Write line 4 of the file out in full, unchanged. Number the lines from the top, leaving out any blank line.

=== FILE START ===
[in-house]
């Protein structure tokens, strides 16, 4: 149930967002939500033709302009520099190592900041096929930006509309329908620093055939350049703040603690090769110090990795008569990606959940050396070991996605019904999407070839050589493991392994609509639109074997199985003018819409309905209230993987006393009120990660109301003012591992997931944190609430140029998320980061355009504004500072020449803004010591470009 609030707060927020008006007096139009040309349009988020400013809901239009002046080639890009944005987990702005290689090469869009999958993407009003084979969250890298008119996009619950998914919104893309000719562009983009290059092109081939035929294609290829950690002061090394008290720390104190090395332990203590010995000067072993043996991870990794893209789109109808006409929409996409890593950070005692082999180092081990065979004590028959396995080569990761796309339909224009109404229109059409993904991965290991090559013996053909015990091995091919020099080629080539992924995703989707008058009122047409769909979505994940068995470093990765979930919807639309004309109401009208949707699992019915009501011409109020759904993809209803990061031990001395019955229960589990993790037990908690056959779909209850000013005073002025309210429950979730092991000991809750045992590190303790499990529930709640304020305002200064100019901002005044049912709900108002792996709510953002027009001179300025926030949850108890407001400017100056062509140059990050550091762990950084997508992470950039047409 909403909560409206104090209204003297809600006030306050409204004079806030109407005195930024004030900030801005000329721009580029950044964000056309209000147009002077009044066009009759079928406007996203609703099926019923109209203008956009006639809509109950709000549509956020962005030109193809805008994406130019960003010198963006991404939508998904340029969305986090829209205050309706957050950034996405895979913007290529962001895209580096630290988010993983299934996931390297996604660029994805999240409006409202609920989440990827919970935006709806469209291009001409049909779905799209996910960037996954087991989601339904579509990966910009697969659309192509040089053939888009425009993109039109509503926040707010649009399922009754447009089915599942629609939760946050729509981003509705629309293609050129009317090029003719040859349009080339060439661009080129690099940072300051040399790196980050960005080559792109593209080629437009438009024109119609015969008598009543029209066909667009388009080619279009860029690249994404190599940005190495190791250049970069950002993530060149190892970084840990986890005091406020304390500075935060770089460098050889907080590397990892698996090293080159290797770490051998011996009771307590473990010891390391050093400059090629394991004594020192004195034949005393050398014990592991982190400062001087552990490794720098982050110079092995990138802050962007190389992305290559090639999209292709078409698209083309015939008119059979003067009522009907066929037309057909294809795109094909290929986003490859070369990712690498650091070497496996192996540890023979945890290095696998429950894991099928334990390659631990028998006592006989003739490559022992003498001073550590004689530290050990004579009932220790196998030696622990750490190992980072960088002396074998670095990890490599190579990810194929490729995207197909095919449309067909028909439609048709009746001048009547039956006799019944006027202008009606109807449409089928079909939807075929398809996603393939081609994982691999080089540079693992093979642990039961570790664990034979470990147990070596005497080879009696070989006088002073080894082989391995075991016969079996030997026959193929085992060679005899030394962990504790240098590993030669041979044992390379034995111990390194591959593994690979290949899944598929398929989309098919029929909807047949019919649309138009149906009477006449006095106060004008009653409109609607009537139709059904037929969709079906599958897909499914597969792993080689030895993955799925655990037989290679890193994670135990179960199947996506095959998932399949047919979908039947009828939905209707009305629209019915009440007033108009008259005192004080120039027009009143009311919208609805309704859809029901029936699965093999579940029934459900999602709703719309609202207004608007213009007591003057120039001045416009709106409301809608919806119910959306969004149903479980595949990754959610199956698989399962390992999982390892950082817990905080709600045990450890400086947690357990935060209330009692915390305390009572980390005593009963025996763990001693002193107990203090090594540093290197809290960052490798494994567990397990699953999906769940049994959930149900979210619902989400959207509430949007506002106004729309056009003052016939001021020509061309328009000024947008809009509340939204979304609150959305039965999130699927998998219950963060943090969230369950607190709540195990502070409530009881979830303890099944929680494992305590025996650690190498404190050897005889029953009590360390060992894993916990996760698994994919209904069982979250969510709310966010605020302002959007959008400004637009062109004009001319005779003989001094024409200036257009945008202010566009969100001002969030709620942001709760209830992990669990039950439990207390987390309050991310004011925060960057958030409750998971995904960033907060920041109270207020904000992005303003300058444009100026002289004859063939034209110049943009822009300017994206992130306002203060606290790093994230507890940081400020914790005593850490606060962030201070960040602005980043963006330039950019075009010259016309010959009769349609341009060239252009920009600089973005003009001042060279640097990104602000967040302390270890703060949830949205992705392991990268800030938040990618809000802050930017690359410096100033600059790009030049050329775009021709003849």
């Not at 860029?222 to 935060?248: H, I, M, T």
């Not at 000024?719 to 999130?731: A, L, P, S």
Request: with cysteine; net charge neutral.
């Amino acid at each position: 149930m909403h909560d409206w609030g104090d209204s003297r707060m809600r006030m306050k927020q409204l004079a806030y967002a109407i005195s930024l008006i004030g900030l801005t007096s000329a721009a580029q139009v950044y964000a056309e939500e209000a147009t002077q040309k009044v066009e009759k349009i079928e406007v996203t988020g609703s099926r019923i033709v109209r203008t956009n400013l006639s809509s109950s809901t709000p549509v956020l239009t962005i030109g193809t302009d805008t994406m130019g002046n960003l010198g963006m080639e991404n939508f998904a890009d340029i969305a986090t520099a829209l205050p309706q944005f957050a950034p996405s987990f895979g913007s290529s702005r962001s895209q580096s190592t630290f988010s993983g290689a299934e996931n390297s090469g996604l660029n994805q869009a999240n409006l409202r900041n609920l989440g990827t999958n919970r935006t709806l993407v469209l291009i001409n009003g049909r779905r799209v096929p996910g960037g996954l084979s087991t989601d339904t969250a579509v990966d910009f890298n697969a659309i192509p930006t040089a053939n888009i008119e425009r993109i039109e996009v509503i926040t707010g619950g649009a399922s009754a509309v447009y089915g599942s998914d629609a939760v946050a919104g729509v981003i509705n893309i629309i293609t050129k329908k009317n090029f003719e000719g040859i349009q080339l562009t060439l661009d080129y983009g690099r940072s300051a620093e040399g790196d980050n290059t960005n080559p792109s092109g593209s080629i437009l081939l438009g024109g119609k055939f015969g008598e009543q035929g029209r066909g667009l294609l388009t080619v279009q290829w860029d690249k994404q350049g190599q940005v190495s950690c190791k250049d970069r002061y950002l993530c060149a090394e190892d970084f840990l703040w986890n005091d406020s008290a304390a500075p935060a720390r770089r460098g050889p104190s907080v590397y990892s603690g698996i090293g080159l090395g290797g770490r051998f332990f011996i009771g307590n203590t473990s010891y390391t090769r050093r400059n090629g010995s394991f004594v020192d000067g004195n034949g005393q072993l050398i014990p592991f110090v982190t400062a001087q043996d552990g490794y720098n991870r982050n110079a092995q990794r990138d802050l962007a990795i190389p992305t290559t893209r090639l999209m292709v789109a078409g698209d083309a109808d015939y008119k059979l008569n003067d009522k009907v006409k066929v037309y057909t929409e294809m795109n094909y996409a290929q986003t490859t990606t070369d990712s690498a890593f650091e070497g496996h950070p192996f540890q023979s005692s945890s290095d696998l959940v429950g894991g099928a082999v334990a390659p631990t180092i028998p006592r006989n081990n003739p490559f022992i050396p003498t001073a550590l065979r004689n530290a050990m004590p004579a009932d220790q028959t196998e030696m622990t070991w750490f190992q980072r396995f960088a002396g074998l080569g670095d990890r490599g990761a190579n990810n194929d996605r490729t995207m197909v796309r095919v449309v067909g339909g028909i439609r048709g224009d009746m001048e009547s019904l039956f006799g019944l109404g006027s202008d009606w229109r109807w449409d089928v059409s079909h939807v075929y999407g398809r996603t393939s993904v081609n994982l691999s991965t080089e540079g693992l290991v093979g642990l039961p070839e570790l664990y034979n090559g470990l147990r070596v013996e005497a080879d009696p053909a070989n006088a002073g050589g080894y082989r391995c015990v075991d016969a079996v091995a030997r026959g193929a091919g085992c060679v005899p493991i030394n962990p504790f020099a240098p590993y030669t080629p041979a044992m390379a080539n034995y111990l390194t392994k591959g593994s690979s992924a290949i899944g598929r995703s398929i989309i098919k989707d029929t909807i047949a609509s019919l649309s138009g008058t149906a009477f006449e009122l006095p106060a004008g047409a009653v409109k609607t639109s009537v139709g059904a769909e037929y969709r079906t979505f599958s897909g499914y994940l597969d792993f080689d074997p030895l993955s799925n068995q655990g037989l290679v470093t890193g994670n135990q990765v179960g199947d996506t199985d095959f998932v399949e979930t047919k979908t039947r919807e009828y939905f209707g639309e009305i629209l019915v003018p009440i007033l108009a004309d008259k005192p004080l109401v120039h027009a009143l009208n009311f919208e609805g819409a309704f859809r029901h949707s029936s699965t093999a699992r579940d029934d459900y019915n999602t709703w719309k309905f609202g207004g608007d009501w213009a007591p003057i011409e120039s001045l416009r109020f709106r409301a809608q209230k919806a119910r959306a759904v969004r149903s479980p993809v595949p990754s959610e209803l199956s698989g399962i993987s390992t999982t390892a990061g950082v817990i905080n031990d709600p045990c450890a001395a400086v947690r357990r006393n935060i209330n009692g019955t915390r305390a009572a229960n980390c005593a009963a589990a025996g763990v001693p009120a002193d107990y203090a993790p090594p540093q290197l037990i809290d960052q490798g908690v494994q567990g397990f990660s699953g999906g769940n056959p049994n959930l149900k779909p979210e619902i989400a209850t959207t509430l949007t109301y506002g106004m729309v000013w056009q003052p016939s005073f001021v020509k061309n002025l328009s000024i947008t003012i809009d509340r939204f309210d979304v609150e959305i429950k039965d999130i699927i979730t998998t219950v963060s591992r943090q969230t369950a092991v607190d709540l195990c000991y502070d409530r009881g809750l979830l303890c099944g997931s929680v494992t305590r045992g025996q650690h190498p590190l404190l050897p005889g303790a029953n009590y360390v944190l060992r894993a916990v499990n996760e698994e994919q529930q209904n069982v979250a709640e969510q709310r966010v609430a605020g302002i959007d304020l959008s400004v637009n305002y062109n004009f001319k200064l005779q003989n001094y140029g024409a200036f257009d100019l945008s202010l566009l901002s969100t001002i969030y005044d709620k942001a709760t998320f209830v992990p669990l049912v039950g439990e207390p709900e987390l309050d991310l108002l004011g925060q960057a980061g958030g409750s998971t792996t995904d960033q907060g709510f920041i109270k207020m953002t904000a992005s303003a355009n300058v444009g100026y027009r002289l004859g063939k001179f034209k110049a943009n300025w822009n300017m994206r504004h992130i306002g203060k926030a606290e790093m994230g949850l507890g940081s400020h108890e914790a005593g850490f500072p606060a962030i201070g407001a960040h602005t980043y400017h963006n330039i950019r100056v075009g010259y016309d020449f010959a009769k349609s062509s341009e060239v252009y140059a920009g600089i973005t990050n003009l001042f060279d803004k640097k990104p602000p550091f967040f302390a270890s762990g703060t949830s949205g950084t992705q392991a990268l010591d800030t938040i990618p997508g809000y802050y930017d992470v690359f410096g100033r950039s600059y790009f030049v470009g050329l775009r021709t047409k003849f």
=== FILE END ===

């Not at 000024?719 to 999130?731: A, L, P, S």